Judges, lawyers and transport industry representative groups say a proposed change to Finland's current system of punishing traffic offenses would violate one of the fundamental principles of the rule of law - that the offender is presumed innocent until proved guilty.
The Finnish Union of Judges and the Association of Finnish Lawyers each sent releases to the Ministry of Transport and Communications criticising the reform proposal.
"The burden of proof in traffic violation cases would be transfered from the prosecutor to the recipient of the penalty," the Judges' Union writes. "The authority who issues the fee (usually the police) would not even need to provide concrete evidence that a violation took place."
Under the new law, investigating the guilt of any motorist involved in a misdeed would require a separate appeal process by which the offending party would have to provide proof of their innocence.
"Laying the burden on the accused – who has less of a chance to prove their innocence – is alien to our justice system."
The Automobile and Touring Club of Finland also released a statement Thursday saying that the bill runs counter to the fundamental principles of a state that subscribes to the rule of law.
Legal protection compromised
The lawyers' group says that an appeal would weaken citizens' legal protection and would be necessary to overturn a penalty issued in error – a failing even the proposal itself admits freely. Appeals like this would also need to be submitted in written form; although an oral interview option would be better, they say.
"With the burden of proof flipped, the applicant would find it practically impossible to nullify a traffic fine with just a written form," the association writes. "The layman is much more likely to successfully plead their case by stating their version of the events outloud."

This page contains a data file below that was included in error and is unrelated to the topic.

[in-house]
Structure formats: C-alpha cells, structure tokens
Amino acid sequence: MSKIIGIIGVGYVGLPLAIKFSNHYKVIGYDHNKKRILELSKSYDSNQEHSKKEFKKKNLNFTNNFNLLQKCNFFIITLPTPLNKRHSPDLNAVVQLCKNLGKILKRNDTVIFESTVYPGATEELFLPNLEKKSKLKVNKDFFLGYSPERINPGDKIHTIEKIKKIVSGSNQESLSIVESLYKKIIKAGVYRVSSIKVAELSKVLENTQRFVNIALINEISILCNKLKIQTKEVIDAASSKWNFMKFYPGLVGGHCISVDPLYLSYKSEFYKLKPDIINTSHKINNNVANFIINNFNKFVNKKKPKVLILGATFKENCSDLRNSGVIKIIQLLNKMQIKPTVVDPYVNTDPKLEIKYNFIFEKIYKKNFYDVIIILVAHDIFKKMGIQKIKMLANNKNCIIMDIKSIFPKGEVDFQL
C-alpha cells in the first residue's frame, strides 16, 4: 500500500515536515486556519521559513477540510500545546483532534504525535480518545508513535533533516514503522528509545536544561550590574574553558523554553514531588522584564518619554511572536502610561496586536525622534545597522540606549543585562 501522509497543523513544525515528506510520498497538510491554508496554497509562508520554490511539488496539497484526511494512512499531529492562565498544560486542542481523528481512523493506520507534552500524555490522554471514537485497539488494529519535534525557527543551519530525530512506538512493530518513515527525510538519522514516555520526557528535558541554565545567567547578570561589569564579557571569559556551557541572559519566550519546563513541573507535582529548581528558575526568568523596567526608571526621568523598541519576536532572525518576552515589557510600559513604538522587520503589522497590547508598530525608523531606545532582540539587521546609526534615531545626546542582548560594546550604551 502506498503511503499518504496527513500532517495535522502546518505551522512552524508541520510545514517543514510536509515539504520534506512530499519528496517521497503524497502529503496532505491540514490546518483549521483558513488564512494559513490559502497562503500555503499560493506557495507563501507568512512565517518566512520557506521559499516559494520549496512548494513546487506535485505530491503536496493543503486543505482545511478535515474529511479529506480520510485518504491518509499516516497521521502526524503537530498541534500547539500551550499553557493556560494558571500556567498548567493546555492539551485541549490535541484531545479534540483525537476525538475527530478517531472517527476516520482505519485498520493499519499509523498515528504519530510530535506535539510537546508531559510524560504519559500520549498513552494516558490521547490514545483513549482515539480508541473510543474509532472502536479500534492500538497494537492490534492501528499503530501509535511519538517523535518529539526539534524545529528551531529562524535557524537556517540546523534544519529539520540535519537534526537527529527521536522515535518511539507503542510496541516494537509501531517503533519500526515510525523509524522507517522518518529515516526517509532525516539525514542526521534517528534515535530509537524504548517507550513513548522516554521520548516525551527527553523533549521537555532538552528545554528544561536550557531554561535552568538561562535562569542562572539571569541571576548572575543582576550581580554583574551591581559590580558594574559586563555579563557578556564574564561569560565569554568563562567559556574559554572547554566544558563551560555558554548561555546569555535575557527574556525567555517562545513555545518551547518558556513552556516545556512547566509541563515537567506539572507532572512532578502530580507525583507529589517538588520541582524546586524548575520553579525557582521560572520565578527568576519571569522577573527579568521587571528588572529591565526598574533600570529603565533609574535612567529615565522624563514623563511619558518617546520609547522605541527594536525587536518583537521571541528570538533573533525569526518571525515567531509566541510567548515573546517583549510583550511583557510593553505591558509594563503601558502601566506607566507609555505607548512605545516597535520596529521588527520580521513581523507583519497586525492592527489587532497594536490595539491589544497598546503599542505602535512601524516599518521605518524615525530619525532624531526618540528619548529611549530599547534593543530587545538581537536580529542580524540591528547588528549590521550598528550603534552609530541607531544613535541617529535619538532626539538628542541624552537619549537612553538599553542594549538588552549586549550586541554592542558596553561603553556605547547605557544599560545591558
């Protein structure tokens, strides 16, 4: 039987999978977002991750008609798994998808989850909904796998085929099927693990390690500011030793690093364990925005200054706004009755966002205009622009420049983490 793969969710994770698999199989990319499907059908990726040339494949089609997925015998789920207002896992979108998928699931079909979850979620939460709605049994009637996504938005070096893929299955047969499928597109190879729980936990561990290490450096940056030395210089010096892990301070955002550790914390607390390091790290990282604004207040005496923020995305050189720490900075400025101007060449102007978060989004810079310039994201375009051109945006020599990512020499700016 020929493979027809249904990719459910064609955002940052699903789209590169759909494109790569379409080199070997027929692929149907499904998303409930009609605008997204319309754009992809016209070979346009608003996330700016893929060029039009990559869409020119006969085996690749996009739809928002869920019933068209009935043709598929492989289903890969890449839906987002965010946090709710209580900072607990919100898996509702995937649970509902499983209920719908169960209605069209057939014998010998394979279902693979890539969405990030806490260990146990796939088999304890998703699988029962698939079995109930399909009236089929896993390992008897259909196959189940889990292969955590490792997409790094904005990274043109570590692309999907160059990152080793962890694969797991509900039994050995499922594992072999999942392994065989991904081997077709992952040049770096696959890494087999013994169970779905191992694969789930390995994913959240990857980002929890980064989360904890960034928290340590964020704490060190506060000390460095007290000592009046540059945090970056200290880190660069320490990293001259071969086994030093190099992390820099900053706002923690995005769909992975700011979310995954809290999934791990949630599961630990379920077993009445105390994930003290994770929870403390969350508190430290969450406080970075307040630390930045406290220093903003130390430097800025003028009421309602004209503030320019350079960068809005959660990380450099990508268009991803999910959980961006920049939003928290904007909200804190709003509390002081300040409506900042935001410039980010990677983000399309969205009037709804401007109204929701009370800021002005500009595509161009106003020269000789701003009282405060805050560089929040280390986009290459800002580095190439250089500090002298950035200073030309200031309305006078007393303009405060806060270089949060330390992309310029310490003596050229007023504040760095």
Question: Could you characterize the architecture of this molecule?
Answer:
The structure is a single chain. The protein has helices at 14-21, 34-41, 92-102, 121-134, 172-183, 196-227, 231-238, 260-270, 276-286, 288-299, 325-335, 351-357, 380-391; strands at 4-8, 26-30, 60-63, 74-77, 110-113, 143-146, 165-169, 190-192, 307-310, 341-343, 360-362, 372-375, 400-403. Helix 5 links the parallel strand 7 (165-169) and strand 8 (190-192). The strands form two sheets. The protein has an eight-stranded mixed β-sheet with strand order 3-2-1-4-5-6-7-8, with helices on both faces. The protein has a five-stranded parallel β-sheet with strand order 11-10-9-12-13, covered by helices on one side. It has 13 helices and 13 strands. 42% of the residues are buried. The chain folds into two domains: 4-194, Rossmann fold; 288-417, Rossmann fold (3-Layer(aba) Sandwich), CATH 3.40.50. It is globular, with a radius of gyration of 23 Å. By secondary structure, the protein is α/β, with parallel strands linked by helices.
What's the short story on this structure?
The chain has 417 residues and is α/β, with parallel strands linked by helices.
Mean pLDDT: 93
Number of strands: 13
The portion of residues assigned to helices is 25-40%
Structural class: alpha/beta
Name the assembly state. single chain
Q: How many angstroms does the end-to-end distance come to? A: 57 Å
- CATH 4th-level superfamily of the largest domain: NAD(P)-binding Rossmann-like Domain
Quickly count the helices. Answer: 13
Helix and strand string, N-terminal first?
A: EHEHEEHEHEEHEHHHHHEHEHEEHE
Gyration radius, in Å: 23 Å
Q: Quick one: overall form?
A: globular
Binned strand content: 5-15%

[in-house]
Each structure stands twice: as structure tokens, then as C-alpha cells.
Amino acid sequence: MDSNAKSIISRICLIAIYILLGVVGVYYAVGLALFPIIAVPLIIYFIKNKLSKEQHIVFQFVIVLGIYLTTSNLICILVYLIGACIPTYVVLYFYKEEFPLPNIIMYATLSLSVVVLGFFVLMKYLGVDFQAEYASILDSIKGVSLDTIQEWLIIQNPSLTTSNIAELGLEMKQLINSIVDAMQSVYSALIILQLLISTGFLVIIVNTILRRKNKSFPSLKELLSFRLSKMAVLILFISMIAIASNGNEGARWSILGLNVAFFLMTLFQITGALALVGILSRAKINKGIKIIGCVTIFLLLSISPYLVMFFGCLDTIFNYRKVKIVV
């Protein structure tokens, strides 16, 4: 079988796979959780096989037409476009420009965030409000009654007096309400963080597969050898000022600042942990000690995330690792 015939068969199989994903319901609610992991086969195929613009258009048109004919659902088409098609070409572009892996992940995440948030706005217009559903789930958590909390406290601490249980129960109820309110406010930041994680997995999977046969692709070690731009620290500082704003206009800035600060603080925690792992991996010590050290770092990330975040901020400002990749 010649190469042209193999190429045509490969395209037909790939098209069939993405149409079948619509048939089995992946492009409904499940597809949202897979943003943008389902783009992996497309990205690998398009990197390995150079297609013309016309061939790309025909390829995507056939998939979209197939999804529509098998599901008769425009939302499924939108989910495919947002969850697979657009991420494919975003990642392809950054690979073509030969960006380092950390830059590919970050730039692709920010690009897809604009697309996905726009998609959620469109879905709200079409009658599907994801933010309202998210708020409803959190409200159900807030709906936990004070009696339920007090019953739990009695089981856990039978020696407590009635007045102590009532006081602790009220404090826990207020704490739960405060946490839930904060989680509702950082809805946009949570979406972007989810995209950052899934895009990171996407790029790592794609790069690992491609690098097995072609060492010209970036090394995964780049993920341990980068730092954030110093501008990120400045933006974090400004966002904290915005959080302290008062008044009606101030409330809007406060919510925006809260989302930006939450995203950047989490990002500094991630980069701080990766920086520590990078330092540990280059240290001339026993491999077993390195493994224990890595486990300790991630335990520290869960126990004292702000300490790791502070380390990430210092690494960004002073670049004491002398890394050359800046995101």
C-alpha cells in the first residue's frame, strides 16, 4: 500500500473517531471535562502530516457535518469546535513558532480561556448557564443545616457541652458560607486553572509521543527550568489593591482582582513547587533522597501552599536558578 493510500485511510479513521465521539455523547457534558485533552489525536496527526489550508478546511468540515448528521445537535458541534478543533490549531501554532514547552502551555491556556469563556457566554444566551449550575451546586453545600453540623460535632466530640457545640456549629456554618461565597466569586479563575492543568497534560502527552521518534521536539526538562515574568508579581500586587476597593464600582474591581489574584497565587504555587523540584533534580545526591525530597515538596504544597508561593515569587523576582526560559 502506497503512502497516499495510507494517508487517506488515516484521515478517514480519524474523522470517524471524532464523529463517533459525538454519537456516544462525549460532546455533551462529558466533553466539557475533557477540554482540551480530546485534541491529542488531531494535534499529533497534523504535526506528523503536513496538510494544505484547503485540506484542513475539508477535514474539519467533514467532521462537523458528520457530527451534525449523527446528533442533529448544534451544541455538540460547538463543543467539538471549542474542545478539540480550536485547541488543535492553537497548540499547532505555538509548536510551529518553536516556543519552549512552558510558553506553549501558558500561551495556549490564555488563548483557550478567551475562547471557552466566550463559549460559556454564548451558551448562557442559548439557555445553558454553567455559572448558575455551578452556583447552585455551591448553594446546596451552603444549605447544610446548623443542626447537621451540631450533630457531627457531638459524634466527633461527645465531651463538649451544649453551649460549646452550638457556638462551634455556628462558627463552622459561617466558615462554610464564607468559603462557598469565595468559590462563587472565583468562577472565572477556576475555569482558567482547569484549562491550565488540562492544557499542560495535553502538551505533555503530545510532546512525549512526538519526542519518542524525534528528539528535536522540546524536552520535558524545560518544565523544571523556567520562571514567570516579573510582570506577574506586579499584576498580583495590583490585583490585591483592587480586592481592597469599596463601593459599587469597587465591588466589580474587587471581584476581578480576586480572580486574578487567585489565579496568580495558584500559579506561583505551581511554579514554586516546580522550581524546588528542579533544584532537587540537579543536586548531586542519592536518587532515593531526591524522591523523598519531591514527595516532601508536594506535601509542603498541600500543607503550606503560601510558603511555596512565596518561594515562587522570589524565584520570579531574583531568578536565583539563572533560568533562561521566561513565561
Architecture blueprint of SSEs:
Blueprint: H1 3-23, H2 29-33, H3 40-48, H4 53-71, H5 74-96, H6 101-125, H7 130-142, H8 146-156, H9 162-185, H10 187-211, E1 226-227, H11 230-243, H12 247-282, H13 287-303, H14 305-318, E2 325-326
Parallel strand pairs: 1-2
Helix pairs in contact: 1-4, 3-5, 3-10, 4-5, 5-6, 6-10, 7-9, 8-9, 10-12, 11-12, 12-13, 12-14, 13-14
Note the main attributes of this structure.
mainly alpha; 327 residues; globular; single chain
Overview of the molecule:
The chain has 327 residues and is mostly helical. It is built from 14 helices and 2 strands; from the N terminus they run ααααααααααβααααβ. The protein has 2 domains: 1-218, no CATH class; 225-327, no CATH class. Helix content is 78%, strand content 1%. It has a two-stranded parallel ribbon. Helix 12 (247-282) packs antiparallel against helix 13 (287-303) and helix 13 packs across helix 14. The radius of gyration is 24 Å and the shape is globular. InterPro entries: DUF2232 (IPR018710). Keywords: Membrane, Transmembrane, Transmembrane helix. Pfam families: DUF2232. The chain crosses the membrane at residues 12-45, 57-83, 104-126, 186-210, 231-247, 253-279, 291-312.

Not only that, but the legal process involved would no longer be free, but would carry a price tag.
The judges' union goes one step farther, saying the intention is likely to make the appeals process impossible to navigate successfully.
"This bill continues the unfortunate legislative trend of letting government savings goals define outcomes."
Police and ministry defend the change
Finland's Police Board, along with their overseer the Ministry of Interior, defends the pending change. The Minister says that the new administrative fee makes due process easier and will enable new developments in offenses monitoring.
Neither authority mentions the burden of proof issue in their statements.
Talks on the Road Traffic Act reform are set for an autumn deadline, while the new fees would be introduced two years after the law change. Police say that the IT system needed for the reform should be operation by 2021.
Under the new law, the size of the administrative fee would fluctuate wildly – between 50 and 400 euros for speeding violations, for instance. The fee will not not dependent on the offender's income, and violators would be slapped with a universal penalty for violations up to 30 km above the speed limit. Upwards of that, daily penalties would be incurred in the same way they are now.